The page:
How to end government-ASUU imbroglio – Adeyewa
Vice Chancellor, Redeemers University, Ede, Osun State, Prof. Debo Adeyewa, has advised the Federal Government to strategically liaise with authorities of the Academic Staff Union of Universities (ASUU), corporate organisations, philanthropists, key stakeholders as well as parents to discuss and address the issue of funding the education sector in clear terms.
Adeyewa in a chat with The Guardian on the ongoing faceoff between the government and university teachers acknowledged that the problem is an age long dispute, and the parties involved must seek innovative way of resolving the issues.
Citing the negative implications of incessant strike on Nigerian graduates and even its certificates when presented at foreign institutions, the vice chancellor maintained that industrial action places a huge burden on the system and puts the country in bad light.
Adeyewa therefore challenged both the government and ASUU members to come to table with fair mindedness and seek redress on all the issues in contention.
He said, “For some of us who has been following issues for some years now, we saw this coming, because way back in the 1980s and 90s this struggle has been on, and the issues have remained the same. The problems of poor funding, infrastructure, allowances among others are really disturbing issues but how do we come out of it?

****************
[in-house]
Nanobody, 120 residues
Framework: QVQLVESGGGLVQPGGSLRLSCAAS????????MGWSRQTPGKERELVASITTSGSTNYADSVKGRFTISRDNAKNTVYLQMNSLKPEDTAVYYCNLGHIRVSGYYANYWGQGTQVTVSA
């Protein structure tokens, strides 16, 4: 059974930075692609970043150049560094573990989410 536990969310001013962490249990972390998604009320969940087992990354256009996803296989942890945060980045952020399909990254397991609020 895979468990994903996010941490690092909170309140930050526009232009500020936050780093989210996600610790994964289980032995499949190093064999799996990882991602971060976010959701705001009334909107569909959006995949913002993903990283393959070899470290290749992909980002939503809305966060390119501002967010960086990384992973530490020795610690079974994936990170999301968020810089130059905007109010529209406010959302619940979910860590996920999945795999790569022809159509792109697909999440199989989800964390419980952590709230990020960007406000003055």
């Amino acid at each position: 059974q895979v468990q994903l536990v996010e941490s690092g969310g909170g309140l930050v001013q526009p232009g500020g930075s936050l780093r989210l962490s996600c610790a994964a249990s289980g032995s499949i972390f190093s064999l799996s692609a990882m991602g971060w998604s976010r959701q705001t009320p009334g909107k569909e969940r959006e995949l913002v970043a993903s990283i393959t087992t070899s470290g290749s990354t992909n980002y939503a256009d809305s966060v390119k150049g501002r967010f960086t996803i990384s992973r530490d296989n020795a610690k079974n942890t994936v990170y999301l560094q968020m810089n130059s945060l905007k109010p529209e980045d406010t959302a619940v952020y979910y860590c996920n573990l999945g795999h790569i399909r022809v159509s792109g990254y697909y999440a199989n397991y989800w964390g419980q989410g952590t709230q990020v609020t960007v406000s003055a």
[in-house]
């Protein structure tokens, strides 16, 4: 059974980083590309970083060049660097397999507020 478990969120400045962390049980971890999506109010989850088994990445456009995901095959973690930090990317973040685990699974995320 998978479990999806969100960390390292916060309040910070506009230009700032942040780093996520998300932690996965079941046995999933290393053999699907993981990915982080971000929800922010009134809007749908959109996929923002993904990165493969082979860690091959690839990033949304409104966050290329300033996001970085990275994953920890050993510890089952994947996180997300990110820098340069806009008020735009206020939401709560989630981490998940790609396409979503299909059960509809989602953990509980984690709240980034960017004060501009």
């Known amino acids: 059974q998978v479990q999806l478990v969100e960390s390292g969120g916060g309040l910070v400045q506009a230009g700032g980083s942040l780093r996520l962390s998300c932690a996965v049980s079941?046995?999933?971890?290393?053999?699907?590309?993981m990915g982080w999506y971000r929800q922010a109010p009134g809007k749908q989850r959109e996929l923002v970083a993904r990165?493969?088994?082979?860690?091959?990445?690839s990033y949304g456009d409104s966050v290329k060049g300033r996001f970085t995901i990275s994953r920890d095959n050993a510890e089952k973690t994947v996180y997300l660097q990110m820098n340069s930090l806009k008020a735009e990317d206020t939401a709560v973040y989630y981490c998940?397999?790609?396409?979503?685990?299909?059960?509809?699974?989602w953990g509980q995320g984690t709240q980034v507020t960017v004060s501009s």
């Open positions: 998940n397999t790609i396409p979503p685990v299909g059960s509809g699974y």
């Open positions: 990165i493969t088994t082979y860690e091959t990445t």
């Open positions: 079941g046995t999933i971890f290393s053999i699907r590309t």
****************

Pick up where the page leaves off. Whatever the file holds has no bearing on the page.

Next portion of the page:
“Federal Government should look at the situation because they are real. However, there are think tanks in the university system. Some ASUU members are professors who are the doyen in the system; let them think of innovative ways of resolving these issues without implicating the system they are trying to protect. Yes they would complain of government’s inattentiveness, but it has been on ground for years. For me, the way I look at it is complete autonomy that is one innovative way.
He continued, “I don’t know whether my colleagues in ASUU will agree with me. We have been on this for a long time, how do we solve it. Let government speak out on its inability to manage public institutions effectively, even if it cannot fund 26 per cent, it should do at least 20 per cent, and put more attention on the sector. There should be more autonomy for the tertiary education system in Nigeria. And there is no complete autonomy without financial autonomy.
“Education is expensive anywhere in the world, and there is cost to everything. So when federal government has increased its funding to the university, then it takes care of indigent students who are brilliant, invite stakeholders and parents, state what they can do and how they want partners to come in.
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